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Restaurant Brands International’s slow sales growth

2008-11-11_Burger_King_in_DurhamRestaurant Brands International Inc. reported a profit of $247.6 million, up from $93.8 million the previous year, while total revenues slipped 0.2 per cent to $1.04 billion.

The Ontario-based company posted a 2.7 per cent increase in comparable sales for its Tim Hortons brand and a 0.6 per cent comparable sales for Burger King.

Despite the slow quarter, Daniel Schwartz, CEO of Restaurant Brands International Inc. said, they ended the second quarter with solid system-wide sales growth at both of their iconic brands, Tim Hortons and Burger King, driven by growth in their “global restaurant footprint and compelling product launches”.

“We continued to achieve strong earnings growth versus prior year results and believe that the execution of our brand-specific strategies by our franchisees and employees will drive sustainable value for years to come,” Schwartz said.

Neil Saunders, CEO of Conlumino, said although the headline result of a 0.2 per cent decline in overall revenue looks somewhat gloomy, this is mostly the consequence of a strong US dollar and weak Canadian dollar, a dynamic that has affected revenues from Tim Hortons.

Saunders said the underlying numbers are slightly better, with both divisions in positive territory on a comparable sales basis and system-wide sales up by 0.6 per cent even after the impact of exchange rate fluctuations.

“Despite the fact that both Burger King and Tim Hortons are in growth territory, the loss of sales momentum from previous quarters is evident. This is in-line with the recent numbers from rivals like McDonalds and Yum!, both of which saw growth moderate,” he said.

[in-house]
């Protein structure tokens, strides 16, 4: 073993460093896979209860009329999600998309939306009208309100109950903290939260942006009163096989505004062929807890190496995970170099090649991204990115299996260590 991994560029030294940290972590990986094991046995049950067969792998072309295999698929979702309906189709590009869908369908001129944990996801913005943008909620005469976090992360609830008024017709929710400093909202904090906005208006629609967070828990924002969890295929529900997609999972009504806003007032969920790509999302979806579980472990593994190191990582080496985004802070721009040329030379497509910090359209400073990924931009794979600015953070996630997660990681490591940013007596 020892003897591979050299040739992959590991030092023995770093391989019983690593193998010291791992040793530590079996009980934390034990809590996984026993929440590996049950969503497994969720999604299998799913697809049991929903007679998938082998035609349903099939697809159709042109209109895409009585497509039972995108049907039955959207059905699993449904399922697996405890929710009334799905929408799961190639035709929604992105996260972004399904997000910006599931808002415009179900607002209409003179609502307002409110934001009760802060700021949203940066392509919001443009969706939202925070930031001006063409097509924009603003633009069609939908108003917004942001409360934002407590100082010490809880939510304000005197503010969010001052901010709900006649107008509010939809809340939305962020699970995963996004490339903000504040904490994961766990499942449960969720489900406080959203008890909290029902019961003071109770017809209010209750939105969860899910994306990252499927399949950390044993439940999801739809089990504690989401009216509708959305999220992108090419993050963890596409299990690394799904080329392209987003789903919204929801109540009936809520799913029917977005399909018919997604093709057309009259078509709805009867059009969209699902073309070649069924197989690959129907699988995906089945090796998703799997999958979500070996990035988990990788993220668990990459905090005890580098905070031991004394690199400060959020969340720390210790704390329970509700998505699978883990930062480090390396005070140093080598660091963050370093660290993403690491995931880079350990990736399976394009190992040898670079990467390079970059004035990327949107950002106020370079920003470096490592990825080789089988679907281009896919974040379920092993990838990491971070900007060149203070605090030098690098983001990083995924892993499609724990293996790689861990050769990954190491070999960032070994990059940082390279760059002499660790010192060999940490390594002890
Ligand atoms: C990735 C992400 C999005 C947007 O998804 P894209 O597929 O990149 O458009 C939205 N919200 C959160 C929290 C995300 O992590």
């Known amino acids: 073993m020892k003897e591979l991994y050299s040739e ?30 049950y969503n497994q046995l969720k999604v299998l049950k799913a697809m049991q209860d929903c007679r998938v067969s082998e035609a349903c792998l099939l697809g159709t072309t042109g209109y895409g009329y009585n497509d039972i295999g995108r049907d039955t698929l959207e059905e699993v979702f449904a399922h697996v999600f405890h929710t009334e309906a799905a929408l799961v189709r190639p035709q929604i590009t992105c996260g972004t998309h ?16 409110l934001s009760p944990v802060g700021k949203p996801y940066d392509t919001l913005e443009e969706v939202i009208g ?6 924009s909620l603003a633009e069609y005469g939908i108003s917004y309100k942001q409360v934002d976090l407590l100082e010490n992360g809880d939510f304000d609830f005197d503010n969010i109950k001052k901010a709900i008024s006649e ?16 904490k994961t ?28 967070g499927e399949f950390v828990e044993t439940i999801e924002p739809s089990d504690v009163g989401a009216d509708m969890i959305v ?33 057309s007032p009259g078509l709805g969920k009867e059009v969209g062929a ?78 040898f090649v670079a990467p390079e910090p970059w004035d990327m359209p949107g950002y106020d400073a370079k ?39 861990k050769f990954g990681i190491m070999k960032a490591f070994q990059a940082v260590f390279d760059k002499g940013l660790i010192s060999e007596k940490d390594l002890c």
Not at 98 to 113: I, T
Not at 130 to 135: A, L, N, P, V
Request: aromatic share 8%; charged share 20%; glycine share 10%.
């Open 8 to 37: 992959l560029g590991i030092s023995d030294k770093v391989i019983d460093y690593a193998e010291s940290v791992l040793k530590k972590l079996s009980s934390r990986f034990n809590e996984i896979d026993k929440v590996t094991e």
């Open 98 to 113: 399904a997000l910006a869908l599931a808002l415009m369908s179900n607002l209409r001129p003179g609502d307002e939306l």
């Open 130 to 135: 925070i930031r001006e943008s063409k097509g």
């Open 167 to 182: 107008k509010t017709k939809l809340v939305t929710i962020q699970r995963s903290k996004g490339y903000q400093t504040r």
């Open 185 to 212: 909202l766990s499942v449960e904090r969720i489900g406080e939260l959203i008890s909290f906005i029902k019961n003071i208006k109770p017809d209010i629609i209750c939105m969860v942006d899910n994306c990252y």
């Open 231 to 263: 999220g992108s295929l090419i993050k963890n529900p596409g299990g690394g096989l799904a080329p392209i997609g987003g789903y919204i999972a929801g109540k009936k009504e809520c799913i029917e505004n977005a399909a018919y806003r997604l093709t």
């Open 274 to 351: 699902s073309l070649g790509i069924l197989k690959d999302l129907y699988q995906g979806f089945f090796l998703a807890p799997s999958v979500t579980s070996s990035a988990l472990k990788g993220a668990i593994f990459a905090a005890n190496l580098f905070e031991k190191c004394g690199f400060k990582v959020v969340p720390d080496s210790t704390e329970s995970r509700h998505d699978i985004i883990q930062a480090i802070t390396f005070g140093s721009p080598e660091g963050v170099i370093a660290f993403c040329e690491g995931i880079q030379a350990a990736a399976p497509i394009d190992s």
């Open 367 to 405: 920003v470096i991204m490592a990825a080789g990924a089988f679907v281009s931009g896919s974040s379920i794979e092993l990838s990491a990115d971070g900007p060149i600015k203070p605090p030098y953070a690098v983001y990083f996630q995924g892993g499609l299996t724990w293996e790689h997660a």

“This trend is being driven, primarily, by a slowdown in spending on eating out by American consumers – something that explains Burger King’s flat system-wide sales growth and 0.8 per cent decline in same-restaurant sales across the US and Canada.”

According to Saunders, with Burger King performing strongly in both Asia Pacific and Latin America – where same-restaurant sales rose by 5.3 per cent and 4.9 per cent, respectively, offset the weak numbers and helped nudge the division into overall growth.

“That said, the softness in the US market is disappointing given the initially positive reaction to menu changes and the introduction of hot dogs. In our view, it underlines the fact that menu change and innovation is not now something that can be done periodically: fast food players need to see this as a constant process that has to be supported by ongoing promotions and marketing activity,” he said.

Saunders said despite its recent slowdown McDonald’s has a slight edge over Burger King, and is doing more to shake up its traditional business model to maintain consumer interest and drive growth. “All that noted, the one saving grace for Burger King is good cost control which allowed EBITDA to grow by 3.7 per cent this quarter.”

“Being buffeted by an unfavorable exchange rate notwithstanding, Tim Hortons had a reasonably solid quarter with good underlying growth in Canada, where same-restaurant sales rose by 2.3 per cent.”

He said this was supported by the opening of 25 new outlets in the country, which facilitated system-wide sales growth of 4.4 per cent. However, only two new Tim Hortons stores were opened in the US across the period.

“Given that Tim Hortons has an objective to ‘win’ in the US, we believe that it has significant headroom over and above the 658 restaurants it currently operates. This is especially so considering that Tim Hortons in the US put in the best same-restaurant performance of any division across any geography, with sales up by 5.9 per cent over the period,” Saunders said.

Conlumino’s CEO said overall, Restaurant Brands continues to make progress; but with spend tightening and competition intensifying it now needs to up the pace of innovation if it is to grow further.

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